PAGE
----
Sustainable Agriculture: The Maya Forest Garden
The farmers at El Pilar Maya Forest, straddling the Belize-Guatemala border, carry the knowledge of a 2000-year experimental practice - an ingenious cycle of planting which left most of their land forested. The farming system known as milpa, which entails the cutting back of sections of heavy forest and multi-cropping, sustained the Mayan population for centuries.
Slash and Burn
The Maya cleared a part of the forest for harvesting by cutting down and burning plants and trees. The farmers would then plant corn in the nutrient-rich ash without needing to plow the land. This approach involved two years of cultivation and eight years of fallow to allow for the natural regeneration of vegetation. By continuing the process in other areas, the land was used for crops indefinitely.
Multiple crop planting
To maximize productivity, crops such as beans and squash were planted together in fields of maize so that the beans could climb the maize stalks for support and the squash would cover the ground and help reduce soil erosion.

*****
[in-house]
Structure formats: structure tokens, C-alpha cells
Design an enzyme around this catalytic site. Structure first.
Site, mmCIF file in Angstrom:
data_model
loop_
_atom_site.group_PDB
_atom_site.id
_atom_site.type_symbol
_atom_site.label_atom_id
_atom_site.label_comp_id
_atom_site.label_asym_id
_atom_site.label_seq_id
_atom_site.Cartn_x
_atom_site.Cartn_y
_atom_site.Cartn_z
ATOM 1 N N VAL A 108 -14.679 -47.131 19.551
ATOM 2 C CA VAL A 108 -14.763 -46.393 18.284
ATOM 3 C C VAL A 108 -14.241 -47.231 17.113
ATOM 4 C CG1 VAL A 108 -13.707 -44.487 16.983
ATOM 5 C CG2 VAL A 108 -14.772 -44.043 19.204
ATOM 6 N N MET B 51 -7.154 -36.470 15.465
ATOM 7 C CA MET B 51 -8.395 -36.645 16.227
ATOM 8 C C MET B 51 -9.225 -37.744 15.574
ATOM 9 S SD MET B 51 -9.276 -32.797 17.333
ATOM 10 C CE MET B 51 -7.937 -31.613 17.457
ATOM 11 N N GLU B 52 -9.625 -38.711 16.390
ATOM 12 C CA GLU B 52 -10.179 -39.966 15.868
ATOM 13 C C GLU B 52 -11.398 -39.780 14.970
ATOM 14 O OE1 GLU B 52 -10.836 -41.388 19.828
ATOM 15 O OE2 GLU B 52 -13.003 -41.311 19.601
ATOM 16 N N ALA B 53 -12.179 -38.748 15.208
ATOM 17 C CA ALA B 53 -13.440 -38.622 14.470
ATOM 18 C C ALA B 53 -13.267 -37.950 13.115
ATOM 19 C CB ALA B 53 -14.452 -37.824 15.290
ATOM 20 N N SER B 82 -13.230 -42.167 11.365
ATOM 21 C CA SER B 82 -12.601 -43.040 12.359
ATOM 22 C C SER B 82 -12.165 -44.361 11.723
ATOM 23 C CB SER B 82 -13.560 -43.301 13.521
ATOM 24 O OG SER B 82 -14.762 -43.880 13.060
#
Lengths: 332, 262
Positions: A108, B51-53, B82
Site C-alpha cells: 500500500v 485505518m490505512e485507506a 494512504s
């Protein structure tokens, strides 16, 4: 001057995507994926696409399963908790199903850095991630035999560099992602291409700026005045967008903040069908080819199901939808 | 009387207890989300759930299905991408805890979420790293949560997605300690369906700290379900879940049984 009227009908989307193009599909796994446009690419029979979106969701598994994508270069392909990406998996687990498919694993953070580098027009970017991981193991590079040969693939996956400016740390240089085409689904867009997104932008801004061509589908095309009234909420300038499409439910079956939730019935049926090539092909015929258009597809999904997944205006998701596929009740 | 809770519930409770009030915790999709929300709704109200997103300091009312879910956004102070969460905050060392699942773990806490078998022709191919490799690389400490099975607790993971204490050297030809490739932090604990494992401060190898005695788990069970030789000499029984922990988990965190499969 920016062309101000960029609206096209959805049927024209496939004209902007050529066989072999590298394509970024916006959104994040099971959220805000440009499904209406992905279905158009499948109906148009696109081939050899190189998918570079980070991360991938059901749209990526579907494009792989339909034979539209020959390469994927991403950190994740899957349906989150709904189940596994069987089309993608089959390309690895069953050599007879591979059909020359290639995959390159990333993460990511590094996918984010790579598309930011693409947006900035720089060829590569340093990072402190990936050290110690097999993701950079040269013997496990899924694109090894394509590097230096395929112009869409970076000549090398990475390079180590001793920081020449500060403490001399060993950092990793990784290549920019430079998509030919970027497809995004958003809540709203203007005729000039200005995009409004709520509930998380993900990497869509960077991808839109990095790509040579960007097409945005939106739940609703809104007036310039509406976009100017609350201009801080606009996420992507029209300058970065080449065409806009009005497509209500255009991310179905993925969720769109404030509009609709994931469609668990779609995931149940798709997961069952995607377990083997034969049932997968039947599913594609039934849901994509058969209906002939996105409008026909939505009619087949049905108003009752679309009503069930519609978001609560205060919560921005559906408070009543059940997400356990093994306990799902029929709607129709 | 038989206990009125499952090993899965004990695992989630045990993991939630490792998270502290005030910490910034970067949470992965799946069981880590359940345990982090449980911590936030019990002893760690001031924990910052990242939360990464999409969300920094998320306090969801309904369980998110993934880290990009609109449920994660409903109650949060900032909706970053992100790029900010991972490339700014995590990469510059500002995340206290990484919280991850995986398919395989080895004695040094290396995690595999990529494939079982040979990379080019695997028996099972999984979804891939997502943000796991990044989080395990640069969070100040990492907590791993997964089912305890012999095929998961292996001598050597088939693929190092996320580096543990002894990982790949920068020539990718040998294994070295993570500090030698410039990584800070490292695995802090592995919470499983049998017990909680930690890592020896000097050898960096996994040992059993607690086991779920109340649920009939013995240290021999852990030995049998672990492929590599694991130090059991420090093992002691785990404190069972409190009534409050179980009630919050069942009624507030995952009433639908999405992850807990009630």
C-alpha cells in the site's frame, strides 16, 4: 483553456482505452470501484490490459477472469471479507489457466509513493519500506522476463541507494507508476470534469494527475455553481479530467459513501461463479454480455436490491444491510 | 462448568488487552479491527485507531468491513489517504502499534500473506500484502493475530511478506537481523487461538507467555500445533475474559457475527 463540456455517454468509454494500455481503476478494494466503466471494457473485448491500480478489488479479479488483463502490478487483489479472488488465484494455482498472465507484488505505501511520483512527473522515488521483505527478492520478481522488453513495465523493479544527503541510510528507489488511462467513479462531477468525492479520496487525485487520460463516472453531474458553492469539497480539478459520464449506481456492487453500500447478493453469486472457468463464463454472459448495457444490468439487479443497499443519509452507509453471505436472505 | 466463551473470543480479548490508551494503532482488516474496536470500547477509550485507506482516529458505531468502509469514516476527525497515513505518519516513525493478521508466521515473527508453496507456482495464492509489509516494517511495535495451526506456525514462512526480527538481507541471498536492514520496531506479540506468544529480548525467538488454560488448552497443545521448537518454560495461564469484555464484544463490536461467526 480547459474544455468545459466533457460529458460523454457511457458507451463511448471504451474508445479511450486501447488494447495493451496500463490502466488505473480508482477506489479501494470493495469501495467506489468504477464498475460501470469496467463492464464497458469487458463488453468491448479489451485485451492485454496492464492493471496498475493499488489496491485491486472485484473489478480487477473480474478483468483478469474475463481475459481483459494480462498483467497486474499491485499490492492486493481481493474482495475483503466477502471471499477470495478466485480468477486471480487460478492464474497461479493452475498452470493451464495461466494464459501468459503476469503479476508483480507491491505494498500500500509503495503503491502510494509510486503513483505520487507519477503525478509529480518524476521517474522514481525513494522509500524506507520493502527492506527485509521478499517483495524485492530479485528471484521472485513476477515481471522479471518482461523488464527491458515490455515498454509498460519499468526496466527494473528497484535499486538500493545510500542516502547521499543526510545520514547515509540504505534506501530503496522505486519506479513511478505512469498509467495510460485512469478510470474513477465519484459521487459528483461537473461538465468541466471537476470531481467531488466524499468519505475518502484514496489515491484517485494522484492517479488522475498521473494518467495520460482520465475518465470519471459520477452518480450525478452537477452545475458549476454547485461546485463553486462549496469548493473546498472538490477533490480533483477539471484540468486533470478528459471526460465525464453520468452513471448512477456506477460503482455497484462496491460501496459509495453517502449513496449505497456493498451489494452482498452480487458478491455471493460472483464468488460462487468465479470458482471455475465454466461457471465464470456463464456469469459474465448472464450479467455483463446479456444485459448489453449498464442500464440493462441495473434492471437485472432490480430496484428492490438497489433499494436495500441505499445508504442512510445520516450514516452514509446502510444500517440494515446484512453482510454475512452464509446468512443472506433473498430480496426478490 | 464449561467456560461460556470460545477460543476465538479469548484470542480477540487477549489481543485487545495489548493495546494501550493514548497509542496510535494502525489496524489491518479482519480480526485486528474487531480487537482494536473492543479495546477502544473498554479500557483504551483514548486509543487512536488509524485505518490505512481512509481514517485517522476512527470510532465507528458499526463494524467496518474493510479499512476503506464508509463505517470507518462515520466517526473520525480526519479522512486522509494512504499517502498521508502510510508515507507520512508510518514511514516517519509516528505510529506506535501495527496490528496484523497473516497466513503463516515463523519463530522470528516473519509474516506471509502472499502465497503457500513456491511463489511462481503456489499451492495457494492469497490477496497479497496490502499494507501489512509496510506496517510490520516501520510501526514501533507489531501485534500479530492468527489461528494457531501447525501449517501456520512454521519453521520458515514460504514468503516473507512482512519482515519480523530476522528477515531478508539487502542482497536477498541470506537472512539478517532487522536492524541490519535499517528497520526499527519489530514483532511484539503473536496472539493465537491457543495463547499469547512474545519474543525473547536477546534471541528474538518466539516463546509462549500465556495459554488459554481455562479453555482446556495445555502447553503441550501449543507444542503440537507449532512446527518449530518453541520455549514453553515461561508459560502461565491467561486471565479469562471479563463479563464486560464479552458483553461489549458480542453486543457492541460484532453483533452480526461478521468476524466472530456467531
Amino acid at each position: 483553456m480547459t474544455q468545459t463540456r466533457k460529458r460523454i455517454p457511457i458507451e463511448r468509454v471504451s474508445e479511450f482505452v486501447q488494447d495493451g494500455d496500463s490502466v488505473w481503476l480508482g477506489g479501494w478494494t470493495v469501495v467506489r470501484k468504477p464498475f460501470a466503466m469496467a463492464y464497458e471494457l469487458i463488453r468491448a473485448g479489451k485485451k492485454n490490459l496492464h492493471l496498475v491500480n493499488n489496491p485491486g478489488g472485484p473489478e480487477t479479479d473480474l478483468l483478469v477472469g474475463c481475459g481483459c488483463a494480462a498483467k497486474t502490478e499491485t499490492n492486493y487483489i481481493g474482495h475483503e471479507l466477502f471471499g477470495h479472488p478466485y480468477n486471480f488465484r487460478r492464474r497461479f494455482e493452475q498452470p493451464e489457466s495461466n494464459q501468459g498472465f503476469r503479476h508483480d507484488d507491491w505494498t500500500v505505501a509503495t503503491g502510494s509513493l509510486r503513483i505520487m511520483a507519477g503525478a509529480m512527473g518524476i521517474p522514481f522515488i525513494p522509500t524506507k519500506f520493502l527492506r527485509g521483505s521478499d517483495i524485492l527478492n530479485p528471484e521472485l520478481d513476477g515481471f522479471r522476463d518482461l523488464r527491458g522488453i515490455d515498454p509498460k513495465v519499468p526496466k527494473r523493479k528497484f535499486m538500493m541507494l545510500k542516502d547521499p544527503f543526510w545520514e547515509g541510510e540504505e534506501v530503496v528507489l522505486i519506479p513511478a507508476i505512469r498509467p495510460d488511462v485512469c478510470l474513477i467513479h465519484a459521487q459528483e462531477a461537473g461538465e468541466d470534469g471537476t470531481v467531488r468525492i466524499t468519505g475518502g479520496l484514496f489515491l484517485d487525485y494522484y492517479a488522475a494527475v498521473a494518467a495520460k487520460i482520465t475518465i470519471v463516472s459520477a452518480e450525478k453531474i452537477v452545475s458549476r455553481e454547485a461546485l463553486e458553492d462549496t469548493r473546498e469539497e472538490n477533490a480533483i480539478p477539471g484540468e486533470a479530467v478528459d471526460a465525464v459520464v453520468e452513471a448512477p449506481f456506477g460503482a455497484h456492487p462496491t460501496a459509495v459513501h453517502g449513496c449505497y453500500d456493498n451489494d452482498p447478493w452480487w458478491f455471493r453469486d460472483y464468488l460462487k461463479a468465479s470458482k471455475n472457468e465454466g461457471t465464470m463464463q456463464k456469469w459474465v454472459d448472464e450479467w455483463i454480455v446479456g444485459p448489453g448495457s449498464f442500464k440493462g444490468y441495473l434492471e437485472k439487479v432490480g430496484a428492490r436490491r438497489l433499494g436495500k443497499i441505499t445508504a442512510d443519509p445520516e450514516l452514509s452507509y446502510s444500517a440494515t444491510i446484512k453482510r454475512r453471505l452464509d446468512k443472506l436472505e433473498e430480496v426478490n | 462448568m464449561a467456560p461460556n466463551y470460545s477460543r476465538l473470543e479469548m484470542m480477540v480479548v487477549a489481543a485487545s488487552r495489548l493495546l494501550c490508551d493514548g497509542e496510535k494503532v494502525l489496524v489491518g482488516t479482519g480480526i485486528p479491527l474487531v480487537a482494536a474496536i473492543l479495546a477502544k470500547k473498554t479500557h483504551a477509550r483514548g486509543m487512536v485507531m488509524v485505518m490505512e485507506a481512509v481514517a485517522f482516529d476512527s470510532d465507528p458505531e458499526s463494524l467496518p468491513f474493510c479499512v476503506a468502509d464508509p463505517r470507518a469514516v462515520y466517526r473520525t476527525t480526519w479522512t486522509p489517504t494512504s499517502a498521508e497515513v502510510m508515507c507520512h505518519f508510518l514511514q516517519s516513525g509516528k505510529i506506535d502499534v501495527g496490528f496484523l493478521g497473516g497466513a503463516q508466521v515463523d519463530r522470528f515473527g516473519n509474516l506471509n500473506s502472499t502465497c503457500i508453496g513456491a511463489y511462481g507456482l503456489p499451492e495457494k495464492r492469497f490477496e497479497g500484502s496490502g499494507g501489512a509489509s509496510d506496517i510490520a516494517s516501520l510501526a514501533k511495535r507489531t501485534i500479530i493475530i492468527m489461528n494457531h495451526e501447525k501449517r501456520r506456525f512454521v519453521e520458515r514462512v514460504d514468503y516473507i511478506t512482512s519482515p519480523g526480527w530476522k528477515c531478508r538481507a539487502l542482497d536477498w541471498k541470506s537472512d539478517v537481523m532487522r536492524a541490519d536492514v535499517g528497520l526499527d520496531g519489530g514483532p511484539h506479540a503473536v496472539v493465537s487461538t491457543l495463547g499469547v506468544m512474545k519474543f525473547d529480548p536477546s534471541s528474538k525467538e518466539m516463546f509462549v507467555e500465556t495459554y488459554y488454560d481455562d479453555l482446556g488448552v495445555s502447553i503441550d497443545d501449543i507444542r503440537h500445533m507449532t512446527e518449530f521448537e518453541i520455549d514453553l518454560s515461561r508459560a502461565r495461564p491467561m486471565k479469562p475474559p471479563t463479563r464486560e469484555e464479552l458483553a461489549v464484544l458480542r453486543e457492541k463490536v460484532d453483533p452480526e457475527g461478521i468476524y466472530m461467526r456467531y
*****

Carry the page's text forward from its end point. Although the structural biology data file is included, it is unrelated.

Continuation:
El Pilar is evidence that sustainable agriculture is not a new idea. Its farmers are unique in that they have continued their ancestral farming practices until the present day. Explorations of the Maya Forest Garden could lead the world to a more sustainable future - possibly the greatest gift to mankind.
“Milpa Cycle.” Welcome, www.marc.ucsb.edu/research/maya-forest-is-a-garden/maya-forest-gardens/milpa-cycle.
“The Maya Forest Garden & El Pilar. A Coloring Book. - Digital Archive of Latin American and Caribbean Ephemera.” Princeton University, The Trustees of Princeton University, lae.princeton.edu/catalog/2195dc22-aef3-496c-b1d7-d87430957f65?locale=en#?c=0&m=0&s=0&cv=2&xywh=-1067%2C0%2C7638%2C3468.